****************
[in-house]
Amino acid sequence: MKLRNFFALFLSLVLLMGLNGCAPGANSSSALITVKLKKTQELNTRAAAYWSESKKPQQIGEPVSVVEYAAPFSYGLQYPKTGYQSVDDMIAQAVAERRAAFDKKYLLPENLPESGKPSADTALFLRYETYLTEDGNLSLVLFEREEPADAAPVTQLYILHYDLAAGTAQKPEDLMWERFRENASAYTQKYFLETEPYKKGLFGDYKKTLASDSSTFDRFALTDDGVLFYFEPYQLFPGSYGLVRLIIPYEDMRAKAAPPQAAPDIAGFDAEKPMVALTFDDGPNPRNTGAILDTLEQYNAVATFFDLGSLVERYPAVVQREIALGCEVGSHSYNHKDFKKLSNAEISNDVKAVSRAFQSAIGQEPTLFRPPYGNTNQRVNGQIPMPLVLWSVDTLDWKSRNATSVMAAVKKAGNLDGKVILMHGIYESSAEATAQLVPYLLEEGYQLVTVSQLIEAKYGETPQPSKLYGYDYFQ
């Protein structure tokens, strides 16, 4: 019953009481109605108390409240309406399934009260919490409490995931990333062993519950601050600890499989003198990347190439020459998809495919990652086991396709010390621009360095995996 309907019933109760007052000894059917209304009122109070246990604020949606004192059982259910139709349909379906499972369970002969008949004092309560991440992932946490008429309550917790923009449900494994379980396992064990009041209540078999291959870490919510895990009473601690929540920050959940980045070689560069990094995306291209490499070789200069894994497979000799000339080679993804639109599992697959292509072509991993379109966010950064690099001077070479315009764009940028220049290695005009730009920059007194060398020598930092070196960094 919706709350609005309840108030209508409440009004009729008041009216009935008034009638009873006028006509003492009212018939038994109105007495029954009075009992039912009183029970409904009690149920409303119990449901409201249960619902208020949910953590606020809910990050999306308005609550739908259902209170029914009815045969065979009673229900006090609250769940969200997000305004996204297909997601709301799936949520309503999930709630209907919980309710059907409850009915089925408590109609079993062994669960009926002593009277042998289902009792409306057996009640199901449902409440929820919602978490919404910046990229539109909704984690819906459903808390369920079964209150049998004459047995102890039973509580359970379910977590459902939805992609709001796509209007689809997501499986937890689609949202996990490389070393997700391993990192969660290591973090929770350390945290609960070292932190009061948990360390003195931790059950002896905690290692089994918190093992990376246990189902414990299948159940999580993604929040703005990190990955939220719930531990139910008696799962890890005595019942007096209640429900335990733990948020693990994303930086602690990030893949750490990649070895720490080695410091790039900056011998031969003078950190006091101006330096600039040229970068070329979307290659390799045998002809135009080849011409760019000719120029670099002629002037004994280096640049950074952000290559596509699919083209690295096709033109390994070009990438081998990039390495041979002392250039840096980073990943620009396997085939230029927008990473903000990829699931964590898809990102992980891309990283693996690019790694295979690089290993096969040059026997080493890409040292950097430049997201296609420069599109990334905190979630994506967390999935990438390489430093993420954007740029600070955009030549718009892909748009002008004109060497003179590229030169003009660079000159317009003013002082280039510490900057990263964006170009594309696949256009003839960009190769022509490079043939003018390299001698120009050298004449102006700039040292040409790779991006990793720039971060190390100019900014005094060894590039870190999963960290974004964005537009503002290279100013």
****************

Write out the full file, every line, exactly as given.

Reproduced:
[in-house]
Amino acid sequence: MKLRNFFALFLSLVLLMGLNGCAPGANSSSALITVKLKKTQELNTRAAAYWSESKKPQQIGEPVSVVEYAAPFSYGLQYPKTGYQSVDDMIAQAVAERRAAFDKKYLLPENLPESGKPSADTALFLRYETYLTEDGNLSLVLFEREEPADAAPVTQLYILHYDLAAGTAQKPEDLMWERFRENASAYTQKYFLETEPYKKGLFGDYKKTLASDSSTFDRFALTDDGVLFYFEPYQLFPGSYGLVRLIIPYEDMRAKAAPPQAAPDIAGFDAEKPMVALTFDDGPNPRNTGAILDTLEQYNAVATFFDLGSLVERYPAVVQREIALGCEVGSHSYNHKDFKKLSNAEISNDVKAVSRAFQSAIGQEPTLFRPPYGNTNQRVNGQIPMPLVLWSVDTLDWKSRNATSVMAAVKKAGNLDGKVILMHGIYESSAEATAQLVPYLLEEGYQLVTVSQLIEAKYGETPQPSKLYGYDYFQ
């Protein structure tokens, strides 16, 4: 019953009481109605108390409240309406399934009260919490409490995931990333062993519950601050600890499989003198990347190439020459998809495919990652086991396709010390621009360095995996 309907019933109760007052000894059917209304009122109070246990604020949606004192059982259910139709349909379906499972369970002969008949004092309560991440992932946490008429309550917790923009449900494994379980396992064990009041209540078999291959870490919510895990009473601690929540920050959940980045070689560069990094995306291209490499070789200069894994497979000799000339080679993804639109599992697959292509072509991993379109966010950064690099001077070479315009764009940028220049290695005009730009920059007194060398020598930092070196960094 919706709350609005309840108030209508409440009004009729008041009216009935008034009638009873006028006509003492009212018939038994109105007495029954009075009992039912009183029970409904009690149920409303119990449901409201249960619902208020949910953590606020809910990050999306308005609550739908259902209170029914009815045969065979009673229900006090609250769940969200997000305004996204297909997601709301799936949520309503999930709630209907919980309710059907409850009915089925408590109609079993062994669960009926002593009277042998289902009792409306057996009640199901449902409440929820919602978490919404910046990229539109909704984690819906459903808390369920079964209150049998004459047995102890039973509580359970379910977590459902939805992609709001796509209007689809997501499986937890689609949202996990490389070393997700391993990192969660290591973090929770350390945290609960070292932190009061948990360390003195931790059950002896905690290692089994918190093992990376246990189902414990299948159940999580993604929040703005990190990955939220719930531990139910008696799962890890005595019942007096209640429900335990733990948020693990994303930086602690990030893949750490990649070895720490080695410091790039900056011998031969003078950190006091101006330096600039040229970068070329979307290659390799045998002809135009080849011409760019000719120029670099002629002037004994280096640049950074952000290559596509699919083209690295096709033109390994070009990438081998990039390495041979002392250039840096980073990943620009396997085939230029927008990473903000990829699931964590898809990102992980891309990283693996690019790694295979690089290993096969040059026997080493890409040292950097430049997201296609420069599109990334905190979630994506967390999935990438390489430093993420954007740029600070955009030549718009892909748009002008004109060497003179590229030169003009660079000159317009003013002082280039510490900057990263964006170009594309696949256009003839960009190769022509490079043939003018390299001698120009050298004449102006700039040292040409790779991006990793720039971060190390100019900014005094060894590039870190999963960290974004964005537009503002290279100013």